Capt. Nathan Hale (Continental Army)

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Capt. Nathan Hale (Continental Army)'s Geni Profile

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Nathan Hale

Birthplace: Coventry, Tolland, Connecticut, USA
Death: Died in New York, New York, New York, USA
Cause of death: Hung by British for spying
Place of Burial: Coventry, Tolland, Connecticut, United States
Immediate Family:

Son of Deac. Richard Hale, Sr. and Elizabeth Hale
Brother of Joseph Hale; Elizabeth Hale; Samuel Hale; John B. Hale; Enoch Hale and 8 others
Half brother of Deacon Benajah Strong

Managed by: Private User
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Immediate Family

About Capt. Nathan Hale (Continental Army)

Patriot of the Revolutionary War, Nathan was hung as a spy. Remembered for his oft quoted words, "I only regret that I have but one life to lose for my country." In 1985 Captain Nathan Hale was designated the official state hero of CT.


At age 14, he enrolled at Yale University in New Haven, Connecticut. While at Yale, he became close friends with Benjamin Tallmadge, a fellow Yale student who would later become George Washington's head of intelligence during the Revolutionary War. Hale graduated from Yale with honors and became a school teacher in nearby East Hadaam, and later in New London. When the war began, he joined the Connecticut militia and became a first sergeant. In 1776, he was promoted to captain in the Continental Army's 7th Connecticut Regiment.

In August and September of 1776, during the Battle of Long Island, Hale volunteered to spy on British troop movements. Disguised as a school teacher, he was captured by British forces near present-day Queens following the torching of New York City. British officials, suspicious of Hale's school-teacher facade, pretended to be Patriots and succeeded in convincing him to reveal his espionage (spy) activities. He was then questioned by British General William Howe. Apparently, some evidence was found on him, and he was subsequently hanged for treason the next day. According to eyewitness accounts, Hale's composure in the moments before his execution were astounding. His final words, "I only regret that I have but one life to lose for my country," have been immortalized forever. Today, statues of Nathan Hale can be seen at the Nathan Hale Homestead, Yale University, the Central Intelligence Agency (C.I.A.), and Andover Academy in Massachusetts.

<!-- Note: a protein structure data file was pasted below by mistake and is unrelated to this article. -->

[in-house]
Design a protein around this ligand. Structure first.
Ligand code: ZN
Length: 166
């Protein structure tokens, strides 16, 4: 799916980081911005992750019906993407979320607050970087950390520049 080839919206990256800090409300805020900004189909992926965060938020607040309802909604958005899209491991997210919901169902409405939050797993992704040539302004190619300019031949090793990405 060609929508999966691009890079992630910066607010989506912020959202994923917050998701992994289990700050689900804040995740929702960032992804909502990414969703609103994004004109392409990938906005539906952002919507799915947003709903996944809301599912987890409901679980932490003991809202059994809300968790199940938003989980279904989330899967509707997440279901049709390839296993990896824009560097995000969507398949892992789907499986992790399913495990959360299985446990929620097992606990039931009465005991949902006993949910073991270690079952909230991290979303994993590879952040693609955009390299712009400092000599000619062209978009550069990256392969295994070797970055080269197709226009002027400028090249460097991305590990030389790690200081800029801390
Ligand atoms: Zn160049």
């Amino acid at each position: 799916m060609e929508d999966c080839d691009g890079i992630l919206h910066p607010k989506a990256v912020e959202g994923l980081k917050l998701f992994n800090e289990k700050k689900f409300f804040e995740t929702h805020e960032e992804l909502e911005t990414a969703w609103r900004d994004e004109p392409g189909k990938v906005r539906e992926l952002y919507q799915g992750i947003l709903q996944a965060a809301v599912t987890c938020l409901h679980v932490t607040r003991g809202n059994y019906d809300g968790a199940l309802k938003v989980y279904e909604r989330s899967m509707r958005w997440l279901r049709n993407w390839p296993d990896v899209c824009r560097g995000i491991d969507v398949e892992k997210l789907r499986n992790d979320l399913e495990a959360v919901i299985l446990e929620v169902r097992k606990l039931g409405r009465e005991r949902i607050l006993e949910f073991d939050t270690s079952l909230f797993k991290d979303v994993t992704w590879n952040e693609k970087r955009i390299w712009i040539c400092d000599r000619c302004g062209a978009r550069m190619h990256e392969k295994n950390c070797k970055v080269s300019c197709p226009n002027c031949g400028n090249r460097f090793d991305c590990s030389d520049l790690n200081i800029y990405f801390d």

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See his "pedigree" at the Nathan Hale Society -

Nathan Hale Homestead'he Nathan Hale Homestead was the home of the family of State Hero, Nathan Hale. Constructed in 1776, the current house is the second dwelling built on the property. Nathan’s father, Richard Hale, was a prosperous livestock farmer and built the house for his large family. Ardent patriots, six of Richard’s eight sons served in the patriot army. One son, Capt. Nathan Hale was caught and hanged as a spy at age 21 by the British in September of 1776. He is famous for his alleged last words, “I only regret that I have but one life to lose for my country.” Following the American Revolution, three Hale sons died from wounds received in the war. Their widows and children moved to the family homestead, so that an average of 12-20 people lived in the house at any one time.

The Homestead is a pristine example of a Georgian-style home. Although sold out of the Hale family in the 1820s, the house has remained virtually intact. The house was first restored by George Dudley Seymour, who saved the house in the early 20th century. Recent paint analysis has resulted in the repainting of the house interior in historic colors. The house is furnished with Hale-family pieces and period antiques and is based on the family inventories. The house was deeded to Connecticut Landmarks in the 1940s. Much of the acreage associated with the Hale farm, is now the Nathan Hale State Forest.


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Capt. Nathan Hale (Continental Army)'s Timeline

June 6, 1755
Coventry, Tolland, Connecticut, USA
Age 17
Age 17
September 22, 1776
Age 21
New York, New York, New York, USA
New York
New York
- present
Coventry, Tolland, Connecticut, United States